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Marine Ecology Progress Series

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MEPS 523:71-80 (2015)  -  DOI: https://doi.org/10.3354/meps11119

Rainfall intensity modulates the interaction between the marsh cordgrass Spartina densiflora and the mouse Akodon azarae

Jesús Pascual*, Alejandro D. Canepuccia, Juan Alberti, Pedro Daleo, Oscar Iribarne

Instituto de Investigaciones Marinas y Costeras (IIMyC), CONICET - UNMDP, Lab. Ecología, Dpto. Biología, Facultad de Ciencias Exactas y Naturales, Universidad Nacional de Mar del Plata, CC 573 Correo Central, B7600WAG, Mar del Plata, Argentina
*Corresponding author:

ABSTRACT: Changes in rainfall patterns caused by anthropogenic global climate change or planetary-scale events, such as the El Niño Southern Oscillation, can significantly affect the abundance and distribution of organisms. Despite the evidence of such effects on marine and terrestrial systems, ecological consequences of rainfall fluctuations in coastal marine ecosystems remain poorly understood. Here we evaluate the effects of rainfall intensity on the interaction between the cordgrass Spartina densiflora and Azara’s grass mouse Akodon azarae in a southwestern Atlantic salt marsh (Mar Chiquita coastal lagoon, Argentina). Field surveys showed that the abundance of A. azarae increased during rainy summers (i.e. El Niño 2005 and 2007) and had lowest values during dry summers (i.e. La Niña 2008). Salt content in sediment and plant tissue were negatively related with rainfall. In addition, field experiments showed that increased sediment salinity resulted in increased salt content in plant tissues. Elevated soil salinity also increased the proportion of senescent S. densiflora tissues and reduced plant growth. The consumption of S. densiflora leaves by A. azarae also decreased with increased soil salinity. The proportion of S. densiflora in feces collected during the driest summer was very small. Therefore, changes in the abundance of A. azarae could be mediated by plant-rodent trophic interaction or by plant cover changes. In conclusion, rainfall fluctuations changed the abiotic environment (i.e. salinity), decreasing primary production and indirectly modifying habitat use by the omnivore A. azarae and its trophic interaction with S. densiflora. The present study provides evidence that rainfall can modify ecological processes that affect the structure and dynamics of coastal marine ecosystems.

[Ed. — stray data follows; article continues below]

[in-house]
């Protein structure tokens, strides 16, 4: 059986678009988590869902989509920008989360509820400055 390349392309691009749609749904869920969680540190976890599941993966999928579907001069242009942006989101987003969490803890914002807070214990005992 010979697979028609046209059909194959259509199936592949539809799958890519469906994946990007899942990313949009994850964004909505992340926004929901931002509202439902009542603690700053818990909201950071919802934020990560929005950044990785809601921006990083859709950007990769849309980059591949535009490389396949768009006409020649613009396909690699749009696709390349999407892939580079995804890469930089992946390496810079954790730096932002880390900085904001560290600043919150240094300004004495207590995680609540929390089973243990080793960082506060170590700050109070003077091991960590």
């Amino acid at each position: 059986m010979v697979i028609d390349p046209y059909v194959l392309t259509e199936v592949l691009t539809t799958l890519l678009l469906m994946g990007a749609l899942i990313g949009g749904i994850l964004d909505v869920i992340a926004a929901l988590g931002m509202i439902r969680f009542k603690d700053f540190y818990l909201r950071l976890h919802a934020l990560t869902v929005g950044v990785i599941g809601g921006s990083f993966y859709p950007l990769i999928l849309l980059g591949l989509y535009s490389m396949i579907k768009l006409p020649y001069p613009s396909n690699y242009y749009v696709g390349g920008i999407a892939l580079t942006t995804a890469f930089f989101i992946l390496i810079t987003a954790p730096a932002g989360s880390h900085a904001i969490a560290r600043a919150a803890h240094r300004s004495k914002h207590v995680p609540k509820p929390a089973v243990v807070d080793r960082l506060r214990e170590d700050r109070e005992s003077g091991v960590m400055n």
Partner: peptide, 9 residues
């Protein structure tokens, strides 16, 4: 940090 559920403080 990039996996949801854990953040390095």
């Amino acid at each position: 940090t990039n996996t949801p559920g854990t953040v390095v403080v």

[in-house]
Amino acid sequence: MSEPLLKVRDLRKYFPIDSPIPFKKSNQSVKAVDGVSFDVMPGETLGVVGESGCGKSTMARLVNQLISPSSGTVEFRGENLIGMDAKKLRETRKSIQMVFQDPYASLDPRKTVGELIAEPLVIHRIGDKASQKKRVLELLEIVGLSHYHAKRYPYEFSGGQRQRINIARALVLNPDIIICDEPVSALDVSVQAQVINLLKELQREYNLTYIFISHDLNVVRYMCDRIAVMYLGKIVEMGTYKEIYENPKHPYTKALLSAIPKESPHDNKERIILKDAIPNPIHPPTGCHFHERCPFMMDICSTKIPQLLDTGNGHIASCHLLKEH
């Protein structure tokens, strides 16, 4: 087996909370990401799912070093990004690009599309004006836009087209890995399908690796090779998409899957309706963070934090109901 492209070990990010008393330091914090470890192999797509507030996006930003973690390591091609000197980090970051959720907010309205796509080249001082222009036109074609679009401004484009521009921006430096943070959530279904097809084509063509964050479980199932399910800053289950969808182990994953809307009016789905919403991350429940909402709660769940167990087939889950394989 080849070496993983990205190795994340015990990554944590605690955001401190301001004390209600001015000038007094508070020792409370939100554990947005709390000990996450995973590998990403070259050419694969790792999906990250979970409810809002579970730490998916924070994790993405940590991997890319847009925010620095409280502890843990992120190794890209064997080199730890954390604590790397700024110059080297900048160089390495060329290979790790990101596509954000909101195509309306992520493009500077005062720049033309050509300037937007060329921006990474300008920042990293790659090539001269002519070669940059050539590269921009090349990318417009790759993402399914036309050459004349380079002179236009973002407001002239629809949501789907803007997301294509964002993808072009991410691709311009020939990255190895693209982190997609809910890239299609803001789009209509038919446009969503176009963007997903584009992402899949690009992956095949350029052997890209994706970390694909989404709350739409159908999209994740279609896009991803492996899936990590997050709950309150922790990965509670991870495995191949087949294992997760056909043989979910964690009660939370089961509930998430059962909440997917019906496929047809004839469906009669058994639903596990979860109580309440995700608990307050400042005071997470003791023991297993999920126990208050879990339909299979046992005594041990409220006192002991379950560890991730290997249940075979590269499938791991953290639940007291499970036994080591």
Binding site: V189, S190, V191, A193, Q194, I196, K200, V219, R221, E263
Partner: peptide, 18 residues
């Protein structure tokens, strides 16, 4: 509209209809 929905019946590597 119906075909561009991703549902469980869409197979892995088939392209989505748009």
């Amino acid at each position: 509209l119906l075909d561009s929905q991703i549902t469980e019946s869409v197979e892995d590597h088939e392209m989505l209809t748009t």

KEY WORDS: Climate change · Rainfall changes · Spartina densiflora · Akodon azarae · Habitat use


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Cite this article as: Pascual J, Canepuccia AD, Alberti J, Daleo P, Iribarne O (2015) Rainfall intensity modulates the interaction between the marsh cordgrass Spartina densiflora and the mouse Akodon azarae. Mar Ecol Prog Ser 523:71-80. https://doi.org/10.3354/meps11119

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